Like Mandela, we in Israel have fought for our liberation from colonialism. But the world Mandela inspires is far from accepting Israel’s occupation of Palestine.

By Ilan Baruch

Bethlehem-area activists honor the memory of Nelson Mandela at a ceremony in Manger Square, West Bank, December 7, 2013. (photo: Ryan Rodrick Beiler/Activestills.org)

Bethlehem-area activists honor the memory of Nelson Mandela at a ceremony in Manger Square, West Bank, December 7, 2013. (photo: Ryan Rodrick Beiler/Activestills.org)

On December 5th, South Africa and the world commemorated the passing away of Neslon Mandela, one of the most illustrious men in the history of modern times. In the duration of my tenure as Ambassador of Israel to South Africa, Mandela was no longer playing a role in the political dynamics of the country, and ambassadorial courtesy visits to his office were nearly impossible. Thanks, however, to the extraordinary help of a prominent Jewish advocate in Johannesburg and his close confidant, such a meeting was afforded to my wife and I in May 2006. Needless to say we were overwhelmed when stepping into the offices of the most universally admired individual in our times. Upon entry, Zelda, his mythological Chief of Staff, responded to my whispered, diplomatic question: “Twenty-eight minutes, tight!”

The tall man received us in his usual batik and warm smile. Soon, the conversation flowed. Mandela opted for a conversation on Judaism, the Jewish nation and above all his sense of gratitude to the Jewish community in South Africa. He told us of his first employers, a Jewish Law firm in Johannesburg, where upon day one he was told “indoors we are all equal.” Then he told us of his bosses who suggested that he buys his daily lunch, for which they generously paid, in a certain eatery. When he asked about the bosses’ insistence, they answered: “the Jewish lady running it lost her husband recently and is in dire need of the income.” Reminiscing, Mandela said: “this kind of solidarity the Jews are entitled to be proud of and we need to learn from.” We felt very proud indeed.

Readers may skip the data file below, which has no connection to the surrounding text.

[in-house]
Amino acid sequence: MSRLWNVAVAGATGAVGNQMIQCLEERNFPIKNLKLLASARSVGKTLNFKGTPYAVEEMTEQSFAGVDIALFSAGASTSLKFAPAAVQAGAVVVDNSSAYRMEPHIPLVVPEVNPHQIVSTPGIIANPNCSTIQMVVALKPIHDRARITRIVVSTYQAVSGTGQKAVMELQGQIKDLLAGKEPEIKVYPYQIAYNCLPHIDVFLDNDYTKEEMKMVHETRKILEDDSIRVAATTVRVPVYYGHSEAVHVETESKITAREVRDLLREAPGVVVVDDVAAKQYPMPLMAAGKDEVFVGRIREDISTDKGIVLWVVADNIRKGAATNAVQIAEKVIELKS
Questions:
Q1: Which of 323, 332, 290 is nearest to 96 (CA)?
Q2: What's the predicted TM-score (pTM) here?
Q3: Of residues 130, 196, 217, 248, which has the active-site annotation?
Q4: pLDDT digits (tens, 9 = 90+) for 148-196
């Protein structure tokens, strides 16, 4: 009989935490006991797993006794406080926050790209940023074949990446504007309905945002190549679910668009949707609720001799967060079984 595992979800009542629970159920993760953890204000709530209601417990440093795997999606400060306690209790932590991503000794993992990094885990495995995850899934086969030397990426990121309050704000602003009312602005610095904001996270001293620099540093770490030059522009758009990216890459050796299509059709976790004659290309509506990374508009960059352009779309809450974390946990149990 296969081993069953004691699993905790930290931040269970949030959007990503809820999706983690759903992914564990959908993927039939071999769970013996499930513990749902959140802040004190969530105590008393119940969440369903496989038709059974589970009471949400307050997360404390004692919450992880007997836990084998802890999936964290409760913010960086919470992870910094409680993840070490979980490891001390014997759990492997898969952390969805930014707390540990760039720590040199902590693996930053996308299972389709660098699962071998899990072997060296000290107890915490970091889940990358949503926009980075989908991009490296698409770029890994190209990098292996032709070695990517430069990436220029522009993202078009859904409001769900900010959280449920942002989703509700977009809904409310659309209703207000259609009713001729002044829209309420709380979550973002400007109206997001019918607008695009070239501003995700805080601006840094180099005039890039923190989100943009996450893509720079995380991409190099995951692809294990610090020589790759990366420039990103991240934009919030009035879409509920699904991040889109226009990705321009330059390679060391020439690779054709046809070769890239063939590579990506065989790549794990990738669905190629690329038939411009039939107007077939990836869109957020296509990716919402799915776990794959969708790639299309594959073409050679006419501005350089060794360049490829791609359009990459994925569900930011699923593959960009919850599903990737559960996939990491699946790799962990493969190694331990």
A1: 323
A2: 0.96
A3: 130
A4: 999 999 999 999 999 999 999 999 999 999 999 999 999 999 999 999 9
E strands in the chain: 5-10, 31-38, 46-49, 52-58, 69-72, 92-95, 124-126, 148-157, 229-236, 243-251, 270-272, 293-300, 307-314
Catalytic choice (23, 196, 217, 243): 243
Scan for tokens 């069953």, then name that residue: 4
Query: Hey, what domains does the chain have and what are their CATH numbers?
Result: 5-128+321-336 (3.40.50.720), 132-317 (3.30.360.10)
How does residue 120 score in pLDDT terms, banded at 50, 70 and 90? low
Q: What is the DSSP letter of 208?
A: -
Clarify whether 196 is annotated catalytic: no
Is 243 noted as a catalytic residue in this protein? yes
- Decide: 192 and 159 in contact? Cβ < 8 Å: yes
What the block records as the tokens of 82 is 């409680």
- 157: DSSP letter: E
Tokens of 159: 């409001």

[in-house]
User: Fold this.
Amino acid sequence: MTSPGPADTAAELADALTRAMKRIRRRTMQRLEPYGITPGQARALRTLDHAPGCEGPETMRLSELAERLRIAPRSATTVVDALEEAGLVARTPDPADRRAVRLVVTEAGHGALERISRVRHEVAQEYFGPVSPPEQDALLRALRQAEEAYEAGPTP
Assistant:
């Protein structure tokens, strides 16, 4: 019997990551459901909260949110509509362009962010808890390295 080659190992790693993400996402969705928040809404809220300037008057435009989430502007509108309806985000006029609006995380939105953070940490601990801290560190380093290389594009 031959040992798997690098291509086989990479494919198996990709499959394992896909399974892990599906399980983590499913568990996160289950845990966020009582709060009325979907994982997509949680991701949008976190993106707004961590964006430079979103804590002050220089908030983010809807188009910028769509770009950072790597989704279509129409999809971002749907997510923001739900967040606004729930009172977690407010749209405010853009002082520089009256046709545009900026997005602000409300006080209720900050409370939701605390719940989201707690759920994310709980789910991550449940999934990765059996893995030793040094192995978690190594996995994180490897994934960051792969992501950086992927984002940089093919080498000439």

Read: The most hypocritical Mandela eulogies by Israeli politicians

Mandela liked us, and kindly refused Zelda’s explicit hints to round our meeting up. He told us of his political conversations in the infamous Robben Island prison, particularly with the younger...

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U.S. torture report shows the danger of Israel's legal loopholes

In American discourse, torture is a dark stain on the country’s recent history. In Israel, there is no law against torture and the justification of its use is still mainstream.

By Nadeem Shehadeh and Amjad Iraqi

Illustrative photo of protests against Guantanamo (Photo by Lilac Mountain/Shutterstock.com)

Illustrative photo of protests against Guantanamo (Photo by Lilac Mountain/Shutterstock.com)

The United States Senate this week released its long-awaited report on the CIA’s use of torture during the so-called “War on Terror.” A significant revelation in the report was that the CIA relied upon an Israeli High Court decision on torture and other Israeli policies as legal justifications for its own torture practices. These include the vague concepts of “necessity” and “ticking bombs,” and the use of enhanced interrogation techniques defined misleadingly as “moderate physical pressure.”

Since the Israeli High Court handed down its decision on torture 15 years ago, the ruling has been lauded by many observers as “revolutionary” for its supposed regulation of the use of torture to obtain information from suspects for urgent security purposes. However, as demonstrated by the Senate report, and as Israeli and Palestinian human rights organizations have long-argued, the High Court’s ruling is riddled with serious flaws – or more accurately, deliberate shortcomings – that merely grant the appearance of a progressive approach to the use of torture.

A chief problem is that torture is not a crime under Israeli law. From the outset, this violates provisions of international human rights covenants ratified by Israel, such as the Convention Against Torture, that forbid the use of torture and cruel, inhuman and degrading treatment (CIDT) in all their forms. Among other recommendations, international human rights bodies have consistently called on Israel to explicitly prohibit torture through legislation in line with these treaties; to this day, no such legislation exists.

In part because torture is not a crime, there are no criminal prosecutions of its perpetrators, and hence no legal remedies for victims. Israeli agencies that routinely use torture in their work – including the military, the Shin Bet (Israel Security Agency), and prison authorities – enjoy extensive impunity. While the High Court’s ruling and various internal state bodies give the illusion of oversight and regulation, in reality these ‘torture agencies’ are essentially free to act without fear of punishment....

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+972 is an independent, blog-based web magazine. It was launched in August 2010, resulting from a merger of a number of popular English-language blogs dealing with life and politics in Israel and Palestine.